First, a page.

F214 module 3 Photosynthesis

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F214 Communication, Homeostasis and Energy
Module 3 Photosynthesis
4.3.1 Photosynthesis
a. Define the terms autotroph and heterotroph
Autotroph
o Organisms that can synthesise complex molecules like carbohydrates,
lipids, proteins, nucleic acid and vitamins from inorganic molecules as a
source of energy.
o They also use light energy and chemical energy.
Heterotroph
o Organisms which cannot make their own food.
o They digest complex organic molecules into simpler soluble ones which
they then use to synthesise complex molecules such as lipids, proteins and
nucleic acids.
o The chemical potential energy is released from the complex organic
molecules.
b. State that light energy is used during photosynthesis to produce complex
organic molecules
Summarised equation: 6CO2 + 6H2O (+ light energy) C6H12O6 + 6O2
c. Explain how respiration in plants and animals depends upon the products of
photosynthesis
Oxygen needed for aerobic respiration first appeared in the atmosphere due
to photosynthesis.
It allows phototrophs and heterotrophs to release the chemical potential
energy in complex organic molecules which were made during photosynthesis.
d. State than in plants photosynthesis is a two-stage process taking place in
chloroplasts
Photoautotrophs have organelles called chloroplasts where photosynthesis
takes place.
There are two stages to photosynthesis: the light dependant stage and the light
independent stage.
e. Explain how the structure of chloroplasts enables them to carry out their
functions

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Most chloroplasts are disk shaped and between 2-10m long.
Each chloroplast has an envelope which below is an intermembrane space about
10-20nm wide.
The outer membrane is permeable to many small ions.
The inner membrane is less permeable with transport proteins embedded. It is
folded into lamellae which are stacked up to form a granum.
The grana are attached by intergranal lamellae.
The stroma is a fluid filled matrix where the light dependant stage takes place
due to it containing the enzymes needed.…read more

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They are in the thylakoid membranes.
o They are arranged in funnel shaped structures called photosystems.
g. Explain the importance of photosynthetic pigments in photosynthesis
Chlorophylls
o Chlorophyll is a mixture of pigments.
o They have a long hydrocarbon chain and a porphyin group.
o When light hits them it causes a pair of electrons associated with
magnesium to become excited.
o There are two forms of chlorophyll a both of which appear green: P680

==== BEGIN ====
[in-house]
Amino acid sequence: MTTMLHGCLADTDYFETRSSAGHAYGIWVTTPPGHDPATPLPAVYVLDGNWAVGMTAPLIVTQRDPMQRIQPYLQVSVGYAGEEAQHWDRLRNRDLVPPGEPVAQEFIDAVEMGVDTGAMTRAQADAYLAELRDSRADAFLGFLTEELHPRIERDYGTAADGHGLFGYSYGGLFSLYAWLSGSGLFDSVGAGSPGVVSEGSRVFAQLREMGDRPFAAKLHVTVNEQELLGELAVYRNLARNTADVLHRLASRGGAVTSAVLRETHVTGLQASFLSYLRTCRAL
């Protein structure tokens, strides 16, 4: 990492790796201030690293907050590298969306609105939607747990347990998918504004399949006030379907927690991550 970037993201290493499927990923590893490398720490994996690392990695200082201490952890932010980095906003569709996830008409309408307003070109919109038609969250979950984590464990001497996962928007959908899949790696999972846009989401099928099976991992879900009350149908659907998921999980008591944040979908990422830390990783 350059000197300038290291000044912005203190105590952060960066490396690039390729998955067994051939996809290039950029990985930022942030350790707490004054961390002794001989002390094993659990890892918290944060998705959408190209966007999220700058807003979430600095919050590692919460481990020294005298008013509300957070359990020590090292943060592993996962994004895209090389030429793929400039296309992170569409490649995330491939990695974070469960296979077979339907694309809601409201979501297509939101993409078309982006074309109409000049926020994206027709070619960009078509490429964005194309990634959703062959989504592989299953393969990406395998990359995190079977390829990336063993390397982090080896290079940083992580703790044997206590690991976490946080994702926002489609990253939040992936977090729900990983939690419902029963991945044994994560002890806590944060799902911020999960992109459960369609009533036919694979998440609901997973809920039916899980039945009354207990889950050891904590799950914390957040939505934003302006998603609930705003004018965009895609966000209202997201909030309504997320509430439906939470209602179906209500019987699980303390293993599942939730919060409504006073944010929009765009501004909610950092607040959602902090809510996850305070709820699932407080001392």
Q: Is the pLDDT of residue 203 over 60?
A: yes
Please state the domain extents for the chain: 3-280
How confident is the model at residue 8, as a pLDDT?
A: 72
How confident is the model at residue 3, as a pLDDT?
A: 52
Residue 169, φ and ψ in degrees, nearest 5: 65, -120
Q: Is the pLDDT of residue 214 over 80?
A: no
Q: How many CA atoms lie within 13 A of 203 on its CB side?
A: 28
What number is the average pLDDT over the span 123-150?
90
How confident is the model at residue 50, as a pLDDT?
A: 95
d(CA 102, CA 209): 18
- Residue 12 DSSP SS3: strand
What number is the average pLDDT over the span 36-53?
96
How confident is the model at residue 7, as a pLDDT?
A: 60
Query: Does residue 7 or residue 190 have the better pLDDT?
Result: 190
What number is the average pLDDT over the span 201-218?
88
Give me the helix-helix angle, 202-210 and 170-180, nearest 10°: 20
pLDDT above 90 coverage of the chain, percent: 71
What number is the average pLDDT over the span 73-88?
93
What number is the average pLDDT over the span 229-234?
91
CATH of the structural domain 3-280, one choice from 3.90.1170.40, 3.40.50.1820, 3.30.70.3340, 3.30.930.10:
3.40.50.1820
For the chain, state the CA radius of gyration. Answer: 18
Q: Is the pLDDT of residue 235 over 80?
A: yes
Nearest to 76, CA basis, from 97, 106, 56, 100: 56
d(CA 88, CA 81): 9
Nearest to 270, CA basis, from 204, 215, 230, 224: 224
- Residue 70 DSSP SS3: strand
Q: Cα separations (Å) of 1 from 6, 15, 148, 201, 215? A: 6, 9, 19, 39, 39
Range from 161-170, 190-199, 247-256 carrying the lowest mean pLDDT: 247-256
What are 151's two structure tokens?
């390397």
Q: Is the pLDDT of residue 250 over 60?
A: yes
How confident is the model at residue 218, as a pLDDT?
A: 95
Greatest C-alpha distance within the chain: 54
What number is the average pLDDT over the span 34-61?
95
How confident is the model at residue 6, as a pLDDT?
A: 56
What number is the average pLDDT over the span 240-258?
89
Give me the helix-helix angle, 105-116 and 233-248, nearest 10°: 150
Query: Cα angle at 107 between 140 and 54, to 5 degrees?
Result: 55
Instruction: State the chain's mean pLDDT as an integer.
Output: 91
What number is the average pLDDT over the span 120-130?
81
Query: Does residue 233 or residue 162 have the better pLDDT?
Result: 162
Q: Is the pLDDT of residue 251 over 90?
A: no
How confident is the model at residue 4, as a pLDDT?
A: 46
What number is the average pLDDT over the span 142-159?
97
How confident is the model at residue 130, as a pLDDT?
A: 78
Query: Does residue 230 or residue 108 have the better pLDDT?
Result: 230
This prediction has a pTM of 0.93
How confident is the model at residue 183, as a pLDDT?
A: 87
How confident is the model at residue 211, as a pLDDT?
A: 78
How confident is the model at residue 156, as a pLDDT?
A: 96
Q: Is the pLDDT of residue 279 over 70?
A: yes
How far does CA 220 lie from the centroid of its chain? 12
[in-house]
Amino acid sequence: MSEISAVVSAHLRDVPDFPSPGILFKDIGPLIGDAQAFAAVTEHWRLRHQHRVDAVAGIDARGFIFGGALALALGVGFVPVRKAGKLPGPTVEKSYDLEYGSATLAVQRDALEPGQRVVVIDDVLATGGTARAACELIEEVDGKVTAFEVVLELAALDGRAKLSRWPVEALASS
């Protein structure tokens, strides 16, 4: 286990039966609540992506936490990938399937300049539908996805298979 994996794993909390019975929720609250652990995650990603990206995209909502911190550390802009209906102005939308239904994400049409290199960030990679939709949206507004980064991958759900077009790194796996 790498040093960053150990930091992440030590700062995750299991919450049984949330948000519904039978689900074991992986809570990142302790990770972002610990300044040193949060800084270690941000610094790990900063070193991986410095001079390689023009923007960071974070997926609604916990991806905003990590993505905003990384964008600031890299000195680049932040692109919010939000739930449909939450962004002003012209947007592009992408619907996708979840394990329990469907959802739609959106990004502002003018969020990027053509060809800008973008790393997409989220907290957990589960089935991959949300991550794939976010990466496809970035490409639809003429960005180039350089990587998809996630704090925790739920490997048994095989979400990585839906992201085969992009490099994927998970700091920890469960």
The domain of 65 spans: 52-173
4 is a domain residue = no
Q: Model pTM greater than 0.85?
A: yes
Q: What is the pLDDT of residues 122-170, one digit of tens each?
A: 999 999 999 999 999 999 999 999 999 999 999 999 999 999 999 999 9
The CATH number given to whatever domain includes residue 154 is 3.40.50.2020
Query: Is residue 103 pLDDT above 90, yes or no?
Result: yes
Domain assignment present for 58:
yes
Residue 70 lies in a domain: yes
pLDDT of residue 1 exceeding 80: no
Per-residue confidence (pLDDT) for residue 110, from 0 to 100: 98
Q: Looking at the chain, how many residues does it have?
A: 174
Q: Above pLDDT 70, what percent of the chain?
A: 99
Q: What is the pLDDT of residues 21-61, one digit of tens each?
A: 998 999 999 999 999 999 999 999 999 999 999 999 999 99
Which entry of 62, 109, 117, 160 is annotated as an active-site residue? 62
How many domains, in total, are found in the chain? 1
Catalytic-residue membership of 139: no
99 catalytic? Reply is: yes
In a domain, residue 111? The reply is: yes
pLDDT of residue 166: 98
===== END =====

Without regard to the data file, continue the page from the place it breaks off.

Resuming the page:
and P700.…read more

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The excited electrons pass to an electron acceptor and back to the
chlorophyll molecule it was from.
o There is no photolysis of water and no generation of reduced NADP.
o Small amounts of ATP which may be used in the light dependant reaction
or used in guard cells to bring potassium ions which lowers the water
potential which causes water to follow by osmosis causing the guard
cells to swell and open the stomata.…read more

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The carbon dioxide combines with the 5 carbon compound ribulose
bisphosphate (RuBP) which is catalysed by ribulose bisphosphate
carboxylase-oxygenase (rubisco). RuBP is carboxylated which is when it
is combined with carbon dioxide to have a carboxyl group.
o This makes two 3 carbon compounds glycerate 3 phosphate (GP). The
carbon dioxide is fixed.
o GP is reduced and phosphorylated to glycerate phosphate (TP) during
which ATP and reduced NADP from the light dependant reaction are
used.…read more

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So carbon dioxide uptake is reduced as is the rate of
photosynthesis.
o If carbon dioxide concentration is lower than 0.01% it allows RuBP to
build up so levels of GP and TP are reduced.
Light intensity
o It gives us a measure of how much energy is associated with the light.
o An increase in light intensity alters the role of the light dependant
reaction.
Because there is more light available, more electrons are excited.…read more

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Light intensity
o As light intensity increases, the rate of photosynthesis increases. It is
directly proportional.
o Light causes stomata to open to allow carbon dioxide into the leaves, it
is trapped by chlorophyll to excite electrons and it splits water
molecules to produce protons which are involved in
photophosphorylation.
o The rate of photosynthesis varies during the day as the light intensity
varies.
Temperature
o The enzyme catalysed reactions of the Calvin Cycle are affected by
changes in temperature.…read more

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